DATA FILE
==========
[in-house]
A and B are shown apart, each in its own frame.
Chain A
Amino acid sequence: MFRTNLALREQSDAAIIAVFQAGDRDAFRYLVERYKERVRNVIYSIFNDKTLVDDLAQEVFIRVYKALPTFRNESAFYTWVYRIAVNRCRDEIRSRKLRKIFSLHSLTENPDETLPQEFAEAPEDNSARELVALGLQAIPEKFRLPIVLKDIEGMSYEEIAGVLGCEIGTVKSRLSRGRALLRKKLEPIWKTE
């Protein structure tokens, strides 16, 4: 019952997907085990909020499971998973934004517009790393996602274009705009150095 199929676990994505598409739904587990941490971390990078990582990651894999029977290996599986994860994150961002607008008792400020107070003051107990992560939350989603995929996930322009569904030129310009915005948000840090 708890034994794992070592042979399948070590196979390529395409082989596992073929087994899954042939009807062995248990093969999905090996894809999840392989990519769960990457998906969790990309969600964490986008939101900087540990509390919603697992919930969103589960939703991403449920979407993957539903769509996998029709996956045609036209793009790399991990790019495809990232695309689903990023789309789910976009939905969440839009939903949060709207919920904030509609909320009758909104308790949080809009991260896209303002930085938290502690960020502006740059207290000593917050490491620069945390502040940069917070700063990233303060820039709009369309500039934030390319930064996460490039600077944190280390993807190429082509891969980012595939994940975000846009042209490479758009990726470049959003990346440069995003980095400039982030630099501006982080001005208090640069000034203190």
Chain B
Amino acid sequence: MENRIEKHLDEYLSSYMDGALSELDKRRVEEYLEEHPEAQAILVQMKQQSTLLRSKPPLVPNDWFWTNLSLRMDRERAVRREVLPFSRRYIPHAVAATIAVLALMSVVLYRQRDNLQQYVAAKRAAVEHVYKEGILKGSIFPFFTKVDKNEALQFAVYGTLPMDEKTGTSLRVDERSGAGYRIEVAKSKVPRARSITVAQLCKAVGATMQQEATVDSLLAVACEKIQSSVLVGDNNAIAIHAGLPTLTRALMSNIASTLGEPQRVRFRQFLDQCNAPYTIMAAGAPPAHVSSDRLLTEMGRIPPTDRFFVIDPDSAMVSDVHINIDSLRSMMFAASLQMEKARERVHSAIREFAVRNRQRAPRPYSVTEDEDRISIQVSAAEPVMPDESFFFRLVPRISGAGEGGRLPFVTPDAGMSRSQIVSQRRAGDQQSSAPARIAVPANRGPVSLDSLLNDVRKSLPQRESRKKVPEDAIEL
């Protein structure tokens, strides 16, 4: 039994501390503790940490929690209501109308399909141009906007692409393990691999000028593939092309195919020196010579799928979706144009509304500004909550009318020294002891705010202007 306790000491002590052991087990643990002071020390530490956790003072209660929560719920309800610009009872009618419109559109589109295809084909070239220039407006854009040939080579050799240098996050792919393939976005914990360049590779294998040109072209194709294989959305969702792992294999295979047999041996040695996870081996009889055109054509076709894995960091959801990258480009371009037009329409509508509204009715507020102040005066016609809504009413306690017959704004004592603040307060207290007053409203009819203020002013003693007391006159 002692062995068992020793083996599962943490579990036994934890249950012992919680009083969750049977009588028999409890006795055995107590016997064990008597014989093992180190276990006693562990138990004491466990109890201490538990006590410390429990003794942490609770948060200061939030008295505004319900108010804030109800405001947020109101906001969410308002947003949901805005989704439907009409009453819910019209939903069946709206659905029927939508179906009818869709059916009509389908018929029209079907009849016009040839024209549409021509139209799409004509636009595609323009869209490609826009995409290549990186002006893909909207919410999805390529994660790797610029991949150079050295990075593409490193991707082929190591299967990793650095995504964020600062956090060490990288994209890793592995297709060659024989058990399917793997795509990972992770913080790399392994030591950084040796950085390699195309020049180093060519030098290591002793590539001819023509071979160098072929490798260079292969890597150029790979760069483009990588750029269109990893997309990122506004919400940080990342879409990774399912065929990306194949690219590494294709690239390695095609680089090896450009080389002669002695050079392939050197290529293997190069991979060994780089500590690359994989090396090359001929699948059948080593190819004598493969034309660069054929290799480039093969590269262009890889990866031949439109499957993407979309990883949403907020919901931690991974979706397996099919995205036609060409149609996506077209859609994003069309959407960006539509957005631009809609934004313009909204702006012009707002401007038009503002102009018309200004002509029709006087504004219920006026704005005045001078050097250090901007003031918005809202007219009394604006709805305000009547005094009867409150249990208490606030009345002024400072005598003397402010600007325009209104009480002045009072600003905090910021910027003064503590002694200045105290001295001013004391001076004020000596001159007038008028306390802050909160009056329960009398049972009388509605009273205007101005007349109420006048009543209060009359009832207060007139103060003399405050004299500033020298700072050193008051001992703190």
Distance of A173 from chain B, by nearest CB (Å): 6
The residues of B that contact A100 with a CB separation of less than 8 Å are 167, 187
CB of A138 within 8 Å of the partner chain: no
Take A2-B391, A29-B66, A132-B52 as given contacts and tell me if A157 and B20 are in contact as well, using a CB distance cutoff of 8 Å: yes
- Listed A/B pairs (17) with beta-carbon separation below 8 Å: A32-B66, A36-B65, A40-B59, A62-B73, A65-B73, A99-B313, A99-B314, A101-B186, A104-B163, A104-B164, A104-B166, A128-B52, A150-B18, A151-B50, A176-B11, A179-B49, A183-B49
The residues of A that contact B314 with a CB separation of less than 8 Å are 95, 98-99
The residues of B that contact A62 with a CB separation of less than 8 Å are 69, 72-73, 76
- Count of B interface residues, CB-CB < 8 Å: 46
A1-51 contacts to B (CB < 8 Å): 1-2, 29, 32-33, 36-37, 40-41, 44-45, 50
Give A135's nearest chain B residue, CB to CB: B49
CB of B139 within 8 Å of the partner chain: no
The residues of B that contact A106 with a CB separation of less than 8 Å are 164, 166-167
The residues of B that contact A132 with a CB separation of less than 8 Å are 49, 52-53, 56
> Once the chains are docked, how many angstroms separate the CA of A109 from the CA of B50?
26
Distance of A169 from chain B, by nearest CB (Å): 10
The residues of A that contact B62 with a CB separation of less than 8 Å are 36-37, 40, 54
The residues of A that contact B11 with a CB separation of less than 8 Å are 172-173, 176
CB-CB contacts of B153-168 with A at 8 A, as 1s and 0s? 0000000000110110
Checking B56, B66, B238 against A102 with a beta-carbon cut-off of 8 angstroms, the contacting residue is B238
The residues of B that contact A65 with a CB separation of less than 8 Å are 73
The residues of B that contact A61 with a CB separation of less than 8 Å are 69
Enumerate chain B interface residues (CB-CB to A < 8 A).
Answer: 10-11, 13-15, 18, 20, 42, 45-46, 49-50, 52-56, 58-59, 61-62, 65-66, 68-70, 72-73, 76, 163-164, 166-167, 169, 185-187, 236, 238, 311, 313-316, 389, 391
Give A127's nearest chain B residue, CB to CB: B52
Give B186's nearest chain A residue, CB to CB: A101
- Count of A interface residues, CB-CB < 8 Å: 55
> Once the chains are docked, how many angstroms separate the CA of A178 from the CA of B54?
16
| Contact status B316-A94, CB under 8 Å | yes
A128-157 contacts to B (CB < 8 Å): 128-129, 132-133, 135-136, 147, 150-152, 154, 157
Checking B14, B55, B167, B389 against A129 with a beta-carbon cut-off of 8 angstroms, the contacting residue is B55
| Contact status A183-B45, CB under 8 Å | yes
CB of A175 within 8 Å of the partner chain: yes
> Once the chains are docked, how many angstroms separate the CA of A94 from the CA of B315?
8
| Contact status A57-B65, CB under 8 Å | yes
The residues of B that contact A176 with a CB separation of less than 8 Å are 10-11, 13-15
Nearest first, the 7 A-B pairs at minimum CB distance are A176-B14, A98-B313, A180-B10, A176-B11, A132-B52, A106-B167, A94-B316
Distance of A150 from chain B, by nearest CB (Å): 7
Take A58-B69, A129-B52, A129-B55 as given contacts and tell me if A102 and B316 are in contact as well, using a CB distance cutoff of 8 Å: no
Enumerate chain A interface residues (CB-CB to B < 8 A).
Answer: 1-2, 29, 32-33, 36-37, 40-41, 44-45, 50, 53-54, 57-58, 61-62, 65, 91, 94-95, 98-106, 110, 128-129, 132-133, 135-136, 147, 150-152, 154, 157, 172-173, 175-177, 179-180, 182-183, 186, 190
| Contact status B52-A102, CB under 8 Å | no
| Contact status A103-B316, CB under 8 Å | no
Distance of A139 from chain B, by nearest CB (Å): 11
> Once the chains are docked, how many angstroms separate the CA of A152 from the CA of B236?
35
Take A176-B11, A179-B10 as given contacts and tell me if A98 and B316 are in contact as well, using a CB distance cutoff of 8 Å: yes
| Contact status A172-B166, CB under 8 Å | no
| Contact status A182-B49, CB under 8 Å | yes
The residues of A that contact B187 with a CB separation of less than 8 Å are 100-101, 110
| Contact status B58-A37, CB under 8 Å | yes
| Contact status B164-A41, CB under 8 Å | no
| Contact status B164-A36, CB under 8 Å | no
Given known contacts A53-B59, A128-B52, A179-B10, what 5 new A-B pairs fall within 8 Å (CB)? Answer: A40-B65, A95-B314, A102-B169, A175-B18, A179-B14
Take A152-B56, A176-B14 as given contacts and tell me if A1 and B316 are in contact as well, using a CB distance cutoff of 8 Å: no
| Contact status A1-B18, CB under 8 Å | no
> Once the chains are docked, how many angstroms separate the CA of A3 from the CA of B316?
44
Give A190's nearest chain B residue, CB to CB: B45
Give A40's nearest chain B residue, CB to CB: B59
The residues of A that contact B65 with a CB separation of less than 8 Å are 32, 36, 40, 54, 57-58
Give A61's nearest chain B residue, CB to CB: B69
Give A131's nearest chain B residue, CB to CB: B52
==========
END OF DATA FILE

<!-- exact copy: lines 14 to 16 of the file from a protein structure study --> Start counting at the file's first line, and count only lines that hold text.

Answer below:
The residues of A that contact B314 with a CB separation of less than 8 Å are 95, 98-99
The residues of B that contact A62 with a CB separation of less than 8 Å are 69, 72-73, 76
- Count of B interface residues, CB-CB < 8 Å: 46